zika virus STD Oh Good, The Terrifying Mosquito-Transmitted Zika Virus Is Now an STD
Via Uproxx
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The Zika virus is responsible for what the World Health Organization calls a global health crisis. The disease is spread by mosquito bites and can cause terrible birth defects like microencephaly when pregnant women are infected. It's also been linked to the development of Guillain-Barré syndrome, a rare condition that causes the immune system to attack nerves. 

Until now it has only been a problem transmitted by mosquitos in South American countries. Now a person in the United States has caught the Zika virus on home turf. The good news is, we're probably not flooded with mosquitos that carry the virus (yet), the bad news is that it was sexually transmitted. According to NBC DFW:

The first person in Dallas County has been infected with the Zika virus without traveling outside the U.S., becoming the first person to acquire the virus in the country, according to the Centers for Disease Control and Prevention. The patient was infected through sexual contact, not through a mosquito bite, according to county health officials.

Nature is getty scary, guys, and who better to put that into words than Twitter. 

via @JasFly

via @mtomasetti

Scientists will reanimate a 30,000 year old frozen virus found in Siberia.
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Defying all common sense, a group of French researchers who recently found a 30,000-year-old virus buried in the frozen Siberian tundra want to reanimate it.

Oh, and it's also a 'giant virus' as well.

Science Alert has at least a little bit more on the confusing story

Mollivirus sibericum, which translates to "soft virus from Siberia", is the fourth such 'giant virus' discovered this century. The same team of scientists discovered another of these, Pithovirus sibericum, last year, and Mollivirus sibericum was isolated from the same sample of permafrost.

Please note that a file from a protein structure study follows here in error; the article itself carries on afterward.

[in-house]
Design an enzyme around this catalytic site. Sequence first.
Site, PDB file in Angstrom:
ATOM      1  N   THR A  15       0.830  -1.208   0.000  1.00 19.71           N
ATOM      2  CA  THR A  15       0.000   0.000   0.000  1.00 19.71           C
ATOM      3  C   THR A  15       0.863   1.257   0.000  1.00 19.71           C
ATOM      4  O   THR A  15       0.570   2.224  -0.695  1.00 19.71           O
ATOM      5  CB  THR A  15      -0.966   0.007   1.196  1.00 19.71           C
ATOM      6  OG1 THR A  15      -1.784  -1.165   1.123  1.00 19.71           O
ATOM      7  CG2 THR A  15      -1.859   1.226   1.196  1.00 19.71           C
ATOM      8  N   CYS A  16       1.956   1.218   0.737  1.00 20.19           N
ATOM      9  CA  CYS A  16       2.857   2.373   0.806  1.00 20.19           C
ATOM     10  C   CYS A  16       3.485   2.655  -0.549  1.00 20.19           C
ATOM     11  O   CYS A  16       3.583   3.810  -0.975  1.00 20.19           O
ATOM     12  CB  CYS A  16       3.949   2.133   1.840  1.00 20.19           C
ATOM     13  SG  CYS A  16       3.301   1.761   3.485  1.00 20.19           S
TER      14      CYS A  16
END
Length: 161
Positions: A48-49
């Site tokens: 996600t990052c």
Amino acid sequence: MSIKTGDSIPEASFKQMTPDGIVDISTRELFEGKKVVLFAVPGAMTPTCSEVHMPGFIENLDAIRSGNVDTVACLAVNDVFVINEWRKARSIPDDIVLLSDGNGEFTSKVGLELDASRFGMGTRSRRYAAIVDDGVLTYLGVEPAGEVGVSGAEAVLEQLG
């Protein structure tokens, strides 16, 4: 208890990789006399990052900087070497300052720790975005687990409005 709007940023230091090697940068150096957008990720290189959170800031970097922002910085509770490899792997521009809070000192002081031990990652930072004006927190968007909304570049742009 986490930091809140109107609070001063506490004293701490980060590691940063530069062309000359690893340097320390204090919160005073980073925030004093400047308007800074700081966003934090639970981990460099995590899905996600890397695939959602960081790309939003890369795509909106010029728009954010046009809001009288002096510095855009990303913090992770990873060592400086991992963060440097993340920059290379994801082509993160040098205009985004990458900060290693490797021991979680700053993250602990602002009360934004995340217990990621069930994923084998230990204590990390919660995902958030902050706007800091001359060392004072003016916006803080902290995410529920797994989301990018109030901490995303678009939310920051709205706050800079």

These prehistoric viruses are called 'giant viruses' because they're visible by light microscopy, with lengths greater than half a micron - a thousandth of a millimetre. As bugs go, they're big.

If the idea that scientists are going to wake this thing up sounds a little disconcerting – and, to be honest, it's not altogether unlike the opening scenes of a plague disaster movie – don't worry. The researchers say they will only revive the virus if they can be certain it's not a threat to animals or humans.

Of course it sounds like the beginning of a movie like Outbreak, but the idea of reintroducing a 30,000-year-old thing back into society also sounds a lot like Encino Man.

The reanimating is meant to be held in the context of our warming Earth. Over time, those frozen Siberian tundras ain't going to be so frozen anymore and the Brendan Frasers of the virus world will reawaken without the help of Pauly Shore scientists.

So, that's terrifying.

But there's still little in the way of explanation as to why these researchers want to reanimate this ancient virus. Either they are just doing it to do it, or they are servants of Cthulhu and this is how they call him to come devour our world.

The whole thing reminds me of the massive plan to blow up the moon.